Let’s say it is your first year at Stanford. You are adjusting to the rhythm of life here — the sunny bike rides from class to class, the varying dining hall hours, maybe even being away from home for the first time. Your parents were not able to help you move into your dorm; your family could only afford to pay for your plane ticket across the country. So you move yourself in. You unpack your things, meet new people, start classes. Over the next few days and weeks, you settle in.
When your parents call, you ask about how things are going at home. They tell you that things are more or less the same — that rent is too high, their paychecks too low. That money is tight and that your younger sibling just started working a part-time job so they can afford to buy enough food. They are stressed, they say, but they tell you they will get through it.
Then they ask you, “What is Stanford like?”
Meanwhile: Your housing is guaranteed for all four years, you have a meal plan, you can receive counseling if you so much as walk to CAPS.
You could say, “Mom, they serve salmon in the dining halls here” or tell them about that night Arrillaga served clams or how a few days ago, your dining hall had crates and crates full of pomegranates for students to take.
You could tell them that you found out you could study abroad in Florence, that you can take art classes there. You can tell them that you have a free gym membership, that you can rock-climb whenever you want or swim in an Olympic-size swimming pool among Olympians.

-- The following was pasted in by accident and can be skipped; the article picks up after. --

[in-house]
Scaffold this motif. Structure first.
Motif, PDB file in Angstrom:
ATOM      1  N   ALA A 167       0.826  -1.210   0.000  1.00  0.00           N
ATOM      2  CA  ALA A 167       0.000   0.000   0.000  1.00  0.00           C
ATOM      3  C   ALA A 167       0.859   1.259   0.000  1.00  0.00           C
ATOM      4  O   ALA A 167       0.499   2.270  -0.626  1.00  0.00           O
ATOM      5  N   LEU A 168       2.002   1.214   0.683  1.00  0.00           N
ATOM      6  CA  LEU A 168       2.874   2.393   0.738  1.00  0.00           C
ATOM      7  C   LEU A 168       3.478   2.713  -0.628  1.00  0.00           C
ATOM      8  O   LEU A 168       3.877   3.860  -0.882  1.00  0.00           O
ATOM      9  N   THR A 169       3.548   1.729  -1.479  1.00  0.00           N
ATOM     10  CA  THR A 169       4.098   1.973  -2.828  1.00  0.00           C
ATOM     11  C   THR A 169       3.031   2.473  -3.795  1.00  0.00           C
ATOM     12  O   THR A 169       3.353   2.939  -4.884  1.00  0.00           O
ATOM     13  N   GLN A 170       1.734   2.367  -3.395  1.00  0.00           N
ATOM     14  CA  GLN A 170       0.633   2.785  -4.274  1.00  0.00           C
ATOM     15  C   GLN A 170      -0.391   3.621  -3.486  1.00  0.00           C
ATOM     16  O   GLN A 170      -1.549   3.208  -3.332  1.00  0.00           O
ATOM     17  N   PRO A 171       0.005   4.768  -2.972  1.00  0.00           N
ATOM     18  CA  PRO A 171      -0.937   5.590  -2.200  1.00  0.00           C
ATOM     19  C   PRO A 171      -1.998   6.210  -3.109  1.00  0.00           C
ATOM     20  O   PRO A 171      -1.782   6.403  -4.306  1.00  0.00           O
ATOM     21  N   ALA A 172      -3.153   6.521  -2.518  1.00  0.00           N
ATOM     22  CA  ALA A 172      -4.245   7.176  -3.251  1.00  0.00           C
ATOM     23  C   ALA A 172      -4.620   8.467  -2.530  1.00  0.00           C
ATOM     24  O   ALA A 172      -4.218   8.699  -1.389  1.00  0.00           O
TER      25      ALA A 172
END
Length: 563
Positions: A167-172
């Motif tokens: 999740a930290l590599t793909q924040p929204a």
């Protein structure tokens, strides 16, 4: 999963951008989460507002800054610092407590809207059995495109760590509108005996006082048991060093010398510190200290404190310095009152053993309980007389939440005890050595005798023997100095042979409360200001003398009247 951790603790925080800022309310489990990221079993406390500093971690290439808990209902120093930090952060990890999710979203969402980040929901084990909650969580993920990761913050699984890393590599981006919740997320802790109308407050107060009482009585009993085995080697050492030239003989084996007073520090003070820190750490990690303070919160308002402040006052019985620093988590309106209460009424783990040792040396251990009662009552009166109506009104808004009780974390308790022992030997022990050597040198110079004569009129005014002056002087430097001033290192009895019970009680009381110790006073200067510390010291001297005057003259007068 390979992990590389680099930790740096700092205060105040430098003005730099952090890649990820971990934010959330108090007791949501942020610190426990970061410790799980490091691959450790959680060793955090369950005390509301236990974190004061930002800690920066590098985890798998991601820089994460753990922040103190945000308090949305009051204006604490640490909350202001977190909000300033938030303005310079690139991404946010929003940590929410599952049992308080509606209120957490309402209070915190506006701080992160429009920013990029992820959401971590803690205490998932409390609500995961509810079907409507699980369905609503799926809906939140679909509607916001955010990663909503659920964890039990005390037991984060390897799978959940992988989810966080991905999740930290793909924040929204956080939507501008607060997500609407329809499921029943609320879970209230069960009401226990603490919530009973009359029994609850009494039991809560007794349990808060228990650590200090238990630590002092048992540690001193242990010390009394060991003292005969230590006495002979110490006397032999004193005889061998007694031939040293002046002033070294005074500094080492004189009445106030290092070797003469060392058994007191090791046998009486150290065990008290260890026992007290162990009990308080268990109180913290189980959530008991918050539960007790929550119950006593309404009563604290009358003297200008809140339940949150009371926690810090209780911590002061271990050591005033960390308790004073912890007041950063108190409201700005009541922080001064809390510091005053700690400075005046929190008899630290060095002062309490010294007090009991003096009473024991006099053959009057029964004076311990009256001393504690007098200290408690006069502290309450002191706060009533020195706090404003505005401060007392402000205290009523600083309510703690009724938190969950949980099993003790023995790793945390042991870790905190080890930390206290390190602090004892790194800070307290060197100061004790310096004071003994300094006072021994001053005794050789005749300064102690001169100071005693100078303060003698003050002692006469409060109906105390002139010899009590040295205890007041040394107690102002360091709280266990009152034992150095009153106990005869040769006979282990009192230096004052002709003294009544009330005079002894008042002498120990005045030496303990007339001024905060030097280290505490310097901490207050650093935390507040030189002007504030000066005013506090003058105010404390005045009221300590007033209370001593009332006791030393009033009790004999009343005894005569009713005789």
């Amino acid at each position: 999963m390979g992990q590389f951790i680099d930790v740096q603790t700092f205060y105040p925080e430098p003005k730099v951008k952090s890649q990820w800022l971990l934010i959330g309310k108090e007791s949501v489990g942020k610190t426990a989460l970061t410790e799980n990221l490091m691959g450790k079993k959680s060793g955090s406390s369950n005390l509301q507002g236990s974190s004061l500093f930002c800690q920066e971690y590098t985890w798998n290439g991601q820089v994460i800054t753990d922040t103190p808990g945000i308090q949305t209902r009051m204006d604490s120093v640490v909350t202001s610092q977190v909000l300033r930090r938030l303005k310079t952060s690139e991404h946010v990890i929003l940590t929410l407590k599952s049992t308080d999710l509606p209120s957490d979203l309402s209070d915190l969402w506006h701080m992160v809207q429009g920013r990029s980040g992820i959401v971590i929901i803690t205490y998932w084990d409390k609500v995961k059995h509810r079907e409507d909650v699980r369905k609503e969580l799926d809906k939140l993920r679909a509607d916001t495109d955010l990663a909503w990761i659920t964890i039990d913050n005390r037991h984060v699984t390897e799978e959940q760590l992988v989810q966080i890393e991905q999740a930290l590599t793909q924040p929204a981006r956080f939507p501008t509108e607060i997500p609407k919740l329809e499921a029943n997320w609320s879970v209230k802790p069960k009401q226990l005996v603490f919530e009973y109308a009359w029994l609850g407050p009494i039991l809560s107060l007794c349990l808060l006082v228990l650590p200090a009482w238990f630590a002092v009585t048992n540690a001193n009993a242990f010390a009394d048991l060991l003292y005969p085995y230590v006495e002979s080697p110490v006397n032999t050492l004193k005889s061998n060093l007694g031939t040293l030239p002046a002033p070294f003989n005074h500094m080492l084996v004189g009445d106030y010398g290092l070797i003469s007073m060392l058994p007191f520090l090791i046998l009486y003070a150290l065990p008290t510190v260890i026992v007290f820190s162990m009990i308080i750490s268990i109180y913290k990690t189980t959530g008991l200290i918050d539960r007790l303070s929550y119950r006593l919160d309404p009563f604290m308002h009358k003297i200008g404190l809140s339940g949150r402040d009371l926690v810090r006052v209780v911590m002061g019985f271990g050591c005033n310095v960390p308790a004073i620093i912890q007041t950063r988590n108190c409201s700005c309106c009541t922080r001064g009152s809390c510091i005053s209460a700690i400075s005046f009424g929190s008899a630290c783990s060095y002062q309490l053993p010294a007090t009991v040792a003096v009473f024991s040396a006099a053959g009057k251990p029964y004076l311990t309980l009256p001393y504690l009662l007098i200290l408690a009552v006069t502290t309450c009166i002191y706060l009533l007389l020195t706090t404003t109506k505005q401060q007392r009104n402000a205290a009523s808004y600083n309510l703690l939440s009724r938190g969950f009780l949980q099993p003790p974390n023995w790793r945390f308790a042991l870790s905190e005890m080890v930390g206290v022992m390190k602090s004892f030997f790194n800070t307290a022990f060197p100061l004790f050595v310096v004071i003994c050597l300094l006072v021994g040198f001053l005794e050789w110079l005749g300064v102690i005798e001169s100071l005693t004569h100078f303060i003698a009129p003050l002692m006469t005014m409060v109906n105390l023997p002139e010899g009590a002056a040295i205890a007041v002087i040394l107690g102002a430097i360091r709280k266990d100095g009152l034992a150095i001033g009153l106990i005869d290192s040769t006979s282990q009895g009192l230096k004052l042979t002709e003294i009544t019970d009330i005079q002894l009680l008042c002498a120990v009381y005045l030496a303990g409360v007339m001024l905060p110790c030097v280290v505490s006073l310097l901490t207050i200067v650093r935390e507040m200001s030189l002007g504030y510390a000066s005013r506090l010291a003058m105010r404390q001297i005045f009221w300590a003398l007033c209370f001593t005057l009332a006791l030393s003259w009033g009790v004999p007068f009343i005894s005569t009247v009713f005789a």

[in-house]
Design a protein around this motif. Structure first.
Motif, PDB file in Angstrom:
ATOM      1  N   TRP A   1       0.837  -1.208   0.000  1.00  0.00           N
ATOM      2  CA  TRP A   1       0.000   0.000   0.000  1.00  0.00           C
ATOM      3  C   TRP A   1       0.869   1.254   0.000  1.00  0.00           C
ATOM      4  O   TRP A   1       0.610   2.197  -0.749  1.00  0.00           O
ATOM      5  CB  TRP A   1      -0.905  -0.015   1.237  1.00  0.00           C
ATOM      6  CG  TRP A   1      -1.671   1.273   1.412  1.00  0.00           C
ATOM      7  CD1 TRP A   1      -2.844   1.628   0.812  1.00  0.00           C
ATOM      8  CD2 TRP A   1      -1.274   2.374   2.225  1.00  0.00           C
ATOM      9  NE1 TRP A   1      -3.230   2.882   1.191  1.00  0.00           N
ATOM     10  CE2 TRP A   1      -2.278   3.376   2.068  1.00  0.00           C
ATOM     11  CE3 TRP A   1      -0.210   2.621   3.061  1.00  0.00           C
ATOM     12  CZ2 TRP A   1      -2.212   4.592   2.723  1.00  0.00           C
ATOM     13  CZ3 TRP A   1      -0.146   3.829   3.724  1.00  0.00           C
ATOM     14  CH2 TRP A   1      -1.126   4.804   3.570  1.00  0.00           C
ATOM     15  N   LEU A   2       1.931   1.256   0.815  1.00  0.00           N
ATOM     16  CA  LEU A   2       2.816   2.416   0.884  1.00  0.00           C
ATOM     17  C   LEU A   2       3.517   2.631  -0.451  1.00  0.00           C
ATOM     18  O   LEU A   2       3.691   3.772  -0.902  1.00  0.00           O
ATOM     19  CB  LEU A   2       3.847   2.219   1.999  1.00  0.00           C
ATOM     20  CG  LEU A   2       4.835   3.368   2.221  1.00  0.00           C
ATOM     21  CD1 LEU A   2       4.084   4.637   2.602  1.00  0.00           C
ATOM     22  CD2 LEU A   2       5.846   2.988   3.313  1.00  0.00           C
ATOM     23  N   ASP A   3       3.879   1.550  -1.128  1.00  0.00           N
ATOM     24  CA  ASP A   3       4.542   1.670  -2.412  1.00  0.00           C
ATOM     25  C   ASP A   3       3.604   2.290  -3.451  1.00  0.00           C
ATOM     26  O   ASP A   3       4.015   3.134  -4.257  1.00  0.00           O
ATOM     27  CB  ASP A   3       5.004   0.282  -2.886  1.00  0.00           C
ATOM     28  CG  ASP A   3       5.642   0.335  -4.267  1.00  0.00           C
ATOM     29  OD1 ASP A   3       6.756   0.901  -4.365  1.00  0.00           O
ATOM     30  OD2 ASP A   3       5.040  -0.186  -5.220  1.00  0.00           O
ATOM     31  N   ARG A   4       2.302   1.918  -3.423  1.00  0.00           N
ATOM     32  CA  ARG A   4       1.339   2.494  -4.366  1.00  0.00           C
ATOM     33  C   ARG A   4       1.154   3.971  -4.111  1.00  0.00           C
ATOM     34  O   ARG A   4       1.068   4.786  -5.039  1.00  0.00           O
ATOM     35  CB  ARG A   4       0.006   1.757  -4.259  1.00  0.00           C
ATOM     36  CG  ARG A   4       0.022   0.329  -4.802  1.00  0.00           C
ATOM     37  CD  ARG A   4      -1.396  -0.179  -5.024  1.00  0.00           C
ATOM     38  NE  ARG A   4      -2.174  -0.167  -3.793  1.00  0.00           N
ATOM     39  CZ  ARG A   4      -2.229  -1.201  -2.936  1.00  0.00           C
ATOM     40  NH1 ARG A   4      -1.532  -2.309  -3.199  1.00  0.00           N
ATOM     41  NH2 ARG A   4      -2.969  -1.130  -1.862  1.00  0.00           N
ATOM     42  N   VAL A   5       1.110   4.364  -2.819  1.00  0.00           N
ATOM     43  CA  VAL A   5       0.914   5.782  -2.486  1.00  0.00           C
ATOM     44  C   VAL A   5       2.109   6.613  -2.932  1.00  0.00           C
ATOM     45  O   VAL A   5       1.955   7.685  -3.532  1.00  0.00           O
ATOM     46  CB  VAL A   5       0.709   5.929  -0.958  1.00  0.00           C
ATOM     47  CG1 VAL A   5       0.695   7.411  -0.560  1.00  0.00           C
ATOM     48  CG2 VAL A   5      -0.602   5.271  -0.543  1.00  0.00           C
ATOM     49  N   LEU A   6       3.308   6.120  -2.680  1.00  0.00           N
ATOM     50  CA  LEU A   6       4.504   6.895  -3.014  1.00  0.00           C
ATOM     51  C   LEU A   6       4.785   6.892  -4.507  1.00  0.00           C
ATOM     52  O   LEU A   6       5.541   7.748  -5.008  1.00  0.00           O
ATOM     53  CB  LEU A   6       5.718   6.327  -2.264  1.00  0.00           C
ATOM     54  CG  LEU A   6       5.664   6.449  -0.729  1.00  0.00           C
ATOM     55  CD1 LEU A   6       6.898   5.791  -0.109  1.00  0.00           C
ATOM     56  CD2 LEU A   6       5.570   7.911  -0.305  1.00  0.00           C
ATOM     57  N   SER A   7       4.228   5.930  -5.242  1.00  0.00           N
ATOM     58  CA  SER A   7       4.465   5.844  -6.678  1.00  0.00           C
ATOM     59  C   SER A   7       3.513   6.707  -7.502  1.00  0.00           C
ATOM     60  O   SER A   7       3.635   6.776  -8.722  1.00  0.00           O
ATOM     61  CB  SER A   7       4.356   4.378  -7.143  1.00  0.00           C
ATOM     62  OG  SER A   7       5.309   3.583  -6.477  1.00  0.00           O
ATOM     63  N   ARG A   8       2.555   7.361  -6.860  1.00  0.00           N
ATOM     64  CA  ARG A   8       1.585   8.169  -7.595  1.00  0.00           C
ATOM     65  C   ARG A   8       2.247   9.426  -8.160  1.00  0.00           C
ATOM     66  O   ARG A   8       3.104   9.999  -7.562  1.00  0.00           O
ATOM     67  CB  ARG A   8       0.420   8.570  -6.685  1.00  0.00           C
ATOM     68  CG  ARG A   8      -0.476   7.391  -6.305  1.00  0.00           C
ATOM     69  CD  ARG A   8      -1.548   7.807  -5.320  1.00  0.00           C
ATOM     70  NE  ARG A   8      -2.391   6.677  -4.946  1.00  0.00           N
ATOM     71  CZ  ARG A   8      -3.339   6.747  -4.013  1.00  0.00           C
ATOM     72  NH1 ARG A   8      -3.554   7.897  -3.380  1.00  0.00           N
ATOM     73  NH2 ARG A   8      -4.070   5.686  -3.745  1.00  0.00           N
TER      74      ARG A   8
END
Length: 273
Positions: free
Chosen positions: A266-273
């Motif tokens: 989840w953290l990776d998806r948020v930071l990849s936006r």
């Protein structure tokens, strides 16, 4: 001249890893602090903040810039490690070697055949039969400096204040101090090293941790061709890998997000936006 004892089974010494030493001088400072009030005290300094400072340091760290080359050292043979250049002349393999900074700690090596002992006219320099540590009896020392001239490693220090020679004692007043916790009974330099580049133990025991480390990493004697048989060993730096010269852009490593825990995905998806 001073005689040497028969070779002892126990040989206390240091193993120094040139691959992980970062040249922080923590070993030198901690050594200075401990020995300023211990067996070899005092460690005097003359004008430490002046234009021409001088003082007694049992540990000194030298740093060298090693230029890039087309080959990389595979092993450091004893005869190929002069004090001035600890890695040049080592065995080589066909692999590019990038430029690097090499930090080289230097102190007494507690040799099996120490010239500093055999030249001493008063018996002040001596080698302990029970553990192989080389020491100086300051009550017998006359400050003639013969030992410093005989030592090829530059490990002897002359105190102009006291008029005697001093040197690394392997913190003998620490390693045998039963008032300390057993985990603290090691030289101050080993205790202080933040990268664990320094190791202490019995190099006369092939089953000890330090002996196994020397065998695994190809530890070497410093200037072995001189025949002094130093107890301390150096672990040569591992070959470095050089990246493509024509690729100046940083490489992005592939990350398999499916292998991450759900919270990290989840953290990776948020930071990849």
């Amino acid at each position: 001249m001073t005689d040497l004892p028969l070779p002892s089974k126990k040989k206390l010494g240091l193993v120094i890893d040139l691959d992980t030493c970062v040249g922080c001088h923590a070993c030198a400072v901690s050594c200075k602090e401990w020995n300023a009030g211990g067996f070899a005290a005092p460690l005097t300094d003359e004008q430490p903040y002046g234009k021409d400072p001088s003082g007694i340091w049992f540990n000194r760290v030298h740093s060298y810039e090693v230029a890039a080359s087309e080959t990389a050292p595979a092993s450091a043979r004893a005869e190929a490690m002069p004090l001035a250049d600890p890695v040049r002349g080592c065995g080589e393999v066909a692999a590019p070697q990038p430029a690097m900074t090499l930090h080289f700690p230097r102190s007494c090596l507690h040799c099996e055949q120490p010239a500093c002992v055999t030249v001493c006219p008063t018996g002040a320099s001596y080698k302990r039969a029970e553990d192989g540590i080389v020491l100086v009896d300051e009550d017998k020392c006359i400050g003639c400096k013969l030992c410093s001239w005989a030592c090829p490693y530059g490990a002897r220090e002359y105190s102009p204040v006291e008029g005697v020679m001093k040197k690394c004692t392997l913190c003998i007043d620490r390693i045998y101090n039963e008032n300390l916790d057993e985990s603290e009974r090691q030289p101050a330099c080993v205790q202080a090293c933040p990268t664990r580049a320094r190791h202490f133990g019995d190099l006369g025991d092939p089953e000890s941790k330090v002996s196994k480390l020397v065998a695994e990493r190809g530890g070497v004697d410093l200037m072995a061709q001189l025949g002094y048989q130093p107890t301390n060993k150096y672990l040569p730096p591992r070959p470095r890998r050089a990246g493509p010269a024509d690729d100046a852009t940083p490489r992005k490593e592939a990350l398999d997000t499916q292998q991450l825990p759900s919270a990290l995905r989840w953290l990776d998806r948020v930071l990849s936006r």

But do you tell them?
For students who come from low-income backgrounds and/or are the first in their families to go to college, the transition to Stanford often includes one in conversation as well — learning how to talk to people back home about our experiences here.
Because we know very well where our families are and what they have and do not have, sometimes it can feel as if sharing our excitement about opportunities or events on campus is out of place in the conversation — that it can even sound like bragging without us intending it to. Maybe it feels similar to knowing a friend is going through a tough time but telling them about our abounding success instead. Or conversely, if we get a bad grade on a midterm or have an off day, how does that compare with everything that is going on back home?
It can be hard to learn how to talk to family about the wealth we encounter here and how that is different from what you grew up with. Sometimes, relationships with family members change once you leave for college — maybe they become more formal, maybe there is not as much to talk about. The point is to show up to these conversations. Because it is probably the case that our families are excited for us to experience everything they did not get to, that our hesitance is probably just us trying to take care of them by being careful.
Sometimes, it can be hard to be honest. Being honest would mean telling your parents or siblings, who maybe work multiple jobs, “I didn’t feel like studying today,” because you had that luxury. And that’s okay. Family revels in each other’s happiness; they cry when we cry.
Even if it is hard to at first, talk to your family members about what you encounter here. Answer their questions. Ask them about home. If you are struggling, be honest. If you have a small victory, let them in on it. Take this from an upperclassmen: Bragging about your experiences is different from sharing them, and being prideful is different from being proud of yourself.
Contact Amanda Rizkalla at amariz ‘at’ stanford.edu.